US rapper Tyler, The Creator performs during the Austin City Limits Festival, at Zilker Park, on October 3, 2021, in Austin, Texas. Picture: Suzanne Cordeiro AFP
US rapper Tyler, The Creator performs during the Austin City Limits Festival, at Zilker Park, on October 3, 2021, in Austin, Texas. Picture: Suzanne Cordeiro AFP

How Tyler, The Creator went from an industry outcast to winning big in 2021

By Shingai Darangwa Time of article published Oct 8, 2021

Share this article:

When Tyler, The Creator and his crew of outcasts, “Odd Future”, broke into the mainstream music industry a decade ago, they immediately made a point of expressing their disdain for celebrity.

They cussed out their peers, they were unruly at every turn, and they shunned media appearances and celebrity co-signings, in favour of group collaborations.

It didn’t seem like they’d be around very long.

But despite widespread media criticism, they only grew in popularity, embodying the kind of fanfare Eminem garnered, by appealing to fans who also felt like outsiders.

Their shows were wild and full of rage and, occasionally, protesters would camp outside to express their displeasure at the group’s foul-mouthed music.

For the first few years, it wasn’t quite clear whether their vision was to topple the powers that be, or if garnering outrage was just their marketing strategy.

Either way, their lyrics and gimmicks saw them banned from countries, such as Australia, England, and New Zealand, for several years.

As their popularity grew, Tyler, their de facto leader, began to temper his aggression in favour of more sober, thoughtful lyrics, particularly on 2017’s “Flower Boy” and 2019's Grammy Award-winning album, “Igor”.

Tyler’s recent album, “Call Me When You Get Lost” continues on this departure from the “Odd Future’s” DNA.

He isn’t cussing people out on every second verse and he’s casting his net wide, with a handful of A-Listers featured on the project, including Lil Wayne, Brent Faiyaz, Lil Uzi Vert, and Pharrell Williams.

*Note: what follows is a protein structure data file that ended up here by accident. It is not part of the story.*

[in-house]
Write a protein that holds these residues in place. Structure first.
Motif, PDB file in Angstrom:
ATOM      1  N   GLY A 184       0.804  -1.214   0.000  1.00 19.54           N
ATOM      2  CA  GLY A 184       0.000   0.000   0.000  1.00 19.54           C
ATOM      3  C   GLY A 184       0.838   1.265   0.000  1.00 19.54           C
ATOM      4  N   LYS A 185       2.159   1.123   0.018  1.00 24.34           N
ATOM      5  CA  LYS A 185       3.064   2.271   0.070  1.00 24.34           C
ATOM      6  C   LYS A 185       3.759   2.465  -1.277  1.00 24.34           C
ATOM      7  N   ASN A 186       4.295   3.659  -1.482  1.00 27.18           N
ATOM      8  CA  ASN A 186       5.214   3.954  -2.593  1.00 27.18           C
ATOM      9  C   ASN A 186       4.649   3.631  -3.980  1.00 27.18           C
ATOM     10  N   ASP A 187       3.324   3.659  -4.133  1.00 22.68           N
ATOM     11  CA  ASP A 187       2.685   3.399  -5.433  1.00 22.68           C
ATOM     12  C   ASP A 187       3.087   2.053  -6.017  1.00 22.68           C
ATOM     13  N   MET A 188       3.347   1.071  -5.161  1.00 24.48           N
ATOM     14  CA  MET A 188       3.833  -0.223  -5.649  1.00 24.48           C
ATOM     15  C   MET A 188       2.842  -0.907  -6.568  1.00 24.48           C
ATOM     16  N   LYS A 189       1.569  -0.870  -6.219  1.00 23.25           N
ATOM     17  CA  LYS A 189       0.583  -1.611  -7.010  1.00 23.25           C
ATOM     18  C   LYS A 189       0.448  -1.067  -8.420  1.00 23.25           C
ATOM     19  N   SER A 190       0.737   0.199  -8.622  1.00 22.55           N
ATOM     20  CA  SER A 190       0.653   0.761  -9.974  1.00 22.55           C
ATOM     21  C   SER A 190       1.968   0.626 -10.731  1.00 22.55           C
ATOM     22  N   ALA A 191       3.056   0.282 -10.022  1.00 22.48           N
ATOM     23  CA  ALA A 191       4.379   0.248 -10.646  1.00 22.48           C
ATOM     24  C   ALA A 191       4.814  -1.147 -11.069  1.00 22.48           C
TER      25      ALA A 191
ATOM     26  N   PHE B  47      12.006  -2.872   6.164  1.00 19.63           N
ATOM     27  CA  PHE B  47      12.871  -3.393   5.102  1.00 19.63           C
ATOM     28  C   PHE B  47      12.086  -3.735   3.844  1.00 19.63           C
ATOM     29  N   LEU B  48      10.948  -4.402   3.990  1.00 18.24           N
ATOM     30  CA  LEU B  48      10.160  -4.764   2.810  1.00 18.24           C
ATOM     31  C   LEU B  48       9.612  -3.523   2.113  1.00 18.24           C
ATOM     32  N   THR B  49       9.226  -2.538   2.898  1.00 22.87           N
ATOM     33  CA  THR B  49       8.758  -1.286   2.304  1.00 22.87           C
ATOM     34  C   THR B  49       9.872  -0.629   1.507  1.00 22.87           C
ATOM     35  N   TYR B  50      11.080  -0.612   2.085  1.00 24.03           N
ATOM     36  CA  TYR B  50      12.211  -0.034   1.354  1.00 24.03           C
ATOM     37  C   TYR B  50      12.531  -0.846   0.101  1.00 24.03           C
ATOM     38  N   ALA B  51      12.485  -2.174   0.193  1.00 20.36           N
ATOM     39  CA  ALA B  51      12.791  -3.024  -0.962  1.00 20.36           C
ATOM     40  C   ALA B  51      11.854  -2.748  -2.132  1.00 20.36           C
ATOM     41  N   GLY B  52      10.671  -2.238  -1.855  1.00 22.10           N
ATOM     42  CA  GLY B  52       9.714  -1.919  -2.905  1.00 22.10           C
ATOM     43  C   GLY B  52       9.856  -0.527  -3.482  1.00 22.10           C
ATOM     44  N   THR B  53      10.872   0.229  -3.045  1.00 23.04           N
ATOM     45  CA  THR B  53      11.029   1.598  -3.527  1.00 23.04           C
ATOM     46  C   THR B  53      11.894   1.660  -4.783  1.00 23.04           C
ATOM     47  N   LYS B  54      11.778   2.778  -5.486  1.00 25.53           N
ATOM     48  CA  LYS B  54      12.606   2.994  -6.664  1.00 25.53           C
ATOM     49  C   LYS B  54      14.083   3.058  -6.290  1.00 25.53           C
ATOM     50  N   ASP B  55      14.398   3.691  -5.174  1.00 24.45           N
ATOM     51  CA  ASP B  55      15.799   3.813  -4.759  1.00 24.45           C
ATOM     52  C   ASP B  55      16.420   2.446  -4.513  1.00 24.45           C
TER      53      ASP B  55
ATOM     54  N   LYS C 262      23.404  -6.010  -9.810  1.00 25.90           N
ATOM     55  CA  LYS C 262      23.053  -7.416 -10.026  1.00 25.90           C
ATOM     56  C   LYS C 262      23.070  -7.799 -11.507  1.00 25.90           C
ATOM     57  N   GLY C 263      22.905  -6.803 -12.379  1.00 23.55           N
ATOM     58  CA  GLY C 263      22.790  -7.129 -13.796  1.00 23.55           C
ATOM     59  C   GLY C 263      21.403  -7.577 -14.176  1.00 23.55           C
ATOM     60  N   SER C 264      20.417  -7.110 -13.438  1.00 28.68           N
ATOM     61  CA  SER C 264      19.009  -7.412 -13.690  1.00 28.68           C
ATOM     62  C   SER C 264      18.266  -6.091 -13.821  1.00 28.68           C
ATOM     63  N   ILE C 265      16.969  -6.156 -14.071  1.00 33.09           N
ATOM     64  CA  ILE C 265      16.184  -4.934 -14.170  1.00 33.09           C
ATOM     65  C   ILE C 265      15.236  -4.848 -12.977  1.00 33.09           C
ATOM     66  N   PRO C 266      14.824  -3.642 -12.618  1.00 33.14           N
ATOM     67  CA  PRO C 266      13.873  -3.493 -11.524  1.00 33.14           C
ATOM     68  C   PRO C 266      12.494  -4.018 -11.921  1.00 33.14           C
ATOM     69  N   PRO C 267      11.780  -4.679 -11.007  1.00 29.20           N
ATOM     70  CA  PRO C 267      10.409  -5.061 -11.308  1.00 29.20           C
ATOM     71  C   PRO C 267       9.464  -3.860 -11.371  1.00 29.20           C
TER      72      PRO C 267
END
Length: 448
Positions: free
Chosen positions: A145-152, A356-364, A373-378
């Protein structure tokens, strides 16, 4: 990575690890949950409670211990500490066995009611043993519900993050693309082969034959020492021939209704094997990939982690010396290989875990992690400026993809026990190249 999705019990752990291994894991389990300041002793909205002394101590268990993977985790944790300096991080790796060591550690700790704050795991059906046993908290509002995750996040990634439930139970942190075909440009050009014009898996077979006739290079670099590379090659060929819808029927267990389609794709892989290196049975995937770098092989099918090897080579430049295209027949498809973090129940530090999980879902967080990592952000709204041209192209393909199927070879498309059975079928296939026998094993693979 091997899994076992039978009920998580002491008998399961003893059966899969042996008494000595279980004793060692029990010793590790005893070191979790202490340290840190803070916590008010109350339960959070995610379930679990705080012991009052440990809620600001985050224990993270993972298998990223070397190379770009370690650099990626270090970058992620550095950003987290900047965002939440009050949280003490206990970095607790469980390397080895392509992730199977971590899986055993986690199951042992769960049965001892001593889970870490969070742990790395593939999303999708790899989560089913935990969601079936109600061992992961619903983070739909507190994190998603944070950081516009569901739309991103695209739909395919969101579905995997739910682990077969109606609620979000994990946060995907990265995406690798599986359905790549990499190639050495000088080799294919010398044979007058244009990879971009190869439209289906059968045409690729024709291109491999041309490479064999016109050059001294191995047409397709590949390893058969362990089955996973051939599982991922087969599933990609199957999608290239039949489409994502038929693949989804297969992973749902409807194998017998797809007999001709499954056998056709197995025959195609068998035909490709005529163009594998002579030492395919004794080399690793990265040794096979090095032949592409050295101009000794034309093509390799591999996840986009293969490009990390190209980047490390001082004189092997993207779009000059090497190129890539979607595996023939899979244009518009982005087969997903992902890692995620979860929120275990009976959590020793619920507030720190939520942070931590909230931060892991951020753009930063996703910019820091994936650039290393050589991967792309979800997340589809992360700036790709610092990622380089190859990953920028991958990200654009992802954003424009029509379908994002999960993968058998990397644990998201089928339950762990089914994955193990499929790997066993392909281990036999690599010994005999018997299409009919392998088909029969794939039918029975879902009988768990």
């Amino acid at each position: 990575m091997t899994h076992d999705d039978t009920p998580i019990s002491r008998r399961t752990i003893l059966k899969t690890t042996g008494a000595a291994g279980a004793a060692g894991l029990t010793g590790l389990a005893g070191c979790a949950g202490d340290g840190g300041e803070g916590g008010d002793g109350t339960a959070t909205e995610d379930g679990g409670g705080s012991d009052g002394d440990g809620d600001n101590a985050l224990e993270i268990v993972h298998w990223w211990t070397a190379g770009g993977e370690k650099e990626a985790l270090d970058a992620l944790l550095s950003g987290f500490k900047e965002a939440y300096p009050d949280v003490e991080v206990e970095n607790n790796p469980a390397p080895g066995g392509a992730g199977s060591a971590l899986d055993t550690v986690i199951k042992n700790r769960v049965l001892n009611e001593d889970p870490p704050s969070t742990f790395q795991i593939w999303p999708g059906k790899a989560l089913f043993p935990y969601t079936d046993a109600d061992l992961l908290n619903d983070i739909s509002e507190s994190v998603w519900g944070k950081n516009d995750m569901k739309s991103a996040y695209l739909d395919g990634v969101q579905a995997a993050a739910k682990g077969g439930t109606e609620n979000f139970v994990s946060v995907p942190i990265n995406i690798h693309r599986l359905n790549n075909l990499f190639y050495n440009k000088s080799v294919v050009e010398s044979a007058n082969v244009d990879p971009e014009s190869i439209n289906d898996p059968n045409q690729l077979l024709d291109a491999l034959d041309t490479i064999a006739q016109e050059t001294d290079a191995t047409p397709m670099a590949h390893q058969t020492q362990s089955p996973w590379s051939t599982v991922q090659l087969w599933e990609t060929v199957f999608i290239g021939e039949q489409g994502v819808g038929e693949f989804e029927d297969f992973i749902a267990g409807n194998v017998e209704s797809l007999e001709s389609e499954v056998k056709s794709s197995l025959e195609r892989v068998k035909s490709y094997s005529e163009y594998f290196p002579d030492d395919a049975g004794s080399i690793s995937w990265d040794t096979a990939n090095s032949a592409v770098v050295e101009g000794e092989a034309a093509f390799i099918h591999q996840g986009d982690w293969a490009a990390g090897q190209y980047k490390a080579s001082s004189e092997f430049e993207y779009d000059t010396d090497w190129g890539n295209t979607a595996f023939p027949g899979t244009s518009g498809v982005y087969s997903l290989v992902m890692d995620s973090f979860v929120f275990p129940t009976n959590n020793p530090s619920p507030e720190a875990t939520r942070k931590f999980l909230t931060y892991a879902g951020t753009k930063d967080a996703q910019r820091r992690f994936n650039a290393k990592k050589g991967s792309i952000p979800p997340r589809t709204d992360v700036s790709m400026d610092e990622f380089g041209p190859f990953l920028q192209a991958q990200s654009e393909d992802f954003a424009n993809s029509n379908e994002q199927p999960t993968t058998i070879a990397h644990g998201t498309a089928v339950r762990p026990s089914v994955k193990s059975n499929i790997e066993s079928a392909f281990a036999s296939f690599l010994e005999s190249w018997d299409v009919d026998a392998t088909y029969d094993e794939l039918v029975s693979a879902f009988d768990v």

It's this openness to collaboration and a much more well-rounded sonic appeal that's led to more commercial success.

In a viral clip from an interview with HOT 97 in August, Tyler discussed his unexpected success and how he's learned to embrace the naysayers: “They try to push me to the side, keep doing that.

“Ten years later I’m still here bro, my career has only been (going up). It’s artists who were the hottest sh** in 2012, where are they right now?

“People push me to the side like, ‘That ni*** weird’, but I’m still here right now. Pockets heavy, skin glowing, looking for a lake house right now.”

At Wednesday’s 2021 BET Hip Hop Awards, Tyler was the biggest winner of the night, taking home awards for Album of the Year, Best Live Performer and Cultural Influence Award. During his acceptance speech for the Cultural Influence Award, he spoke on how far he’s come and paid homage to some of his influences.

“Playboi Carti has a line where he says: ‘Bought my mama house off this mumbling sh**,’ and I always tear up when he says that.

“This thing that’s a hobby or a pastime or a passion for us, a lot of people in here, that sh** kept us out of trouble.

“And it allowed us to change our family lives and friends’ lives … I definitely think that I’ve created my own path, but it’s people – who allowed me to understand that I can do that – who laid the blueprint.”

He might still feel like an outcast, but Tyler is in his moment, and he's being embraced a lot more than we ever thought he would.

Share this article: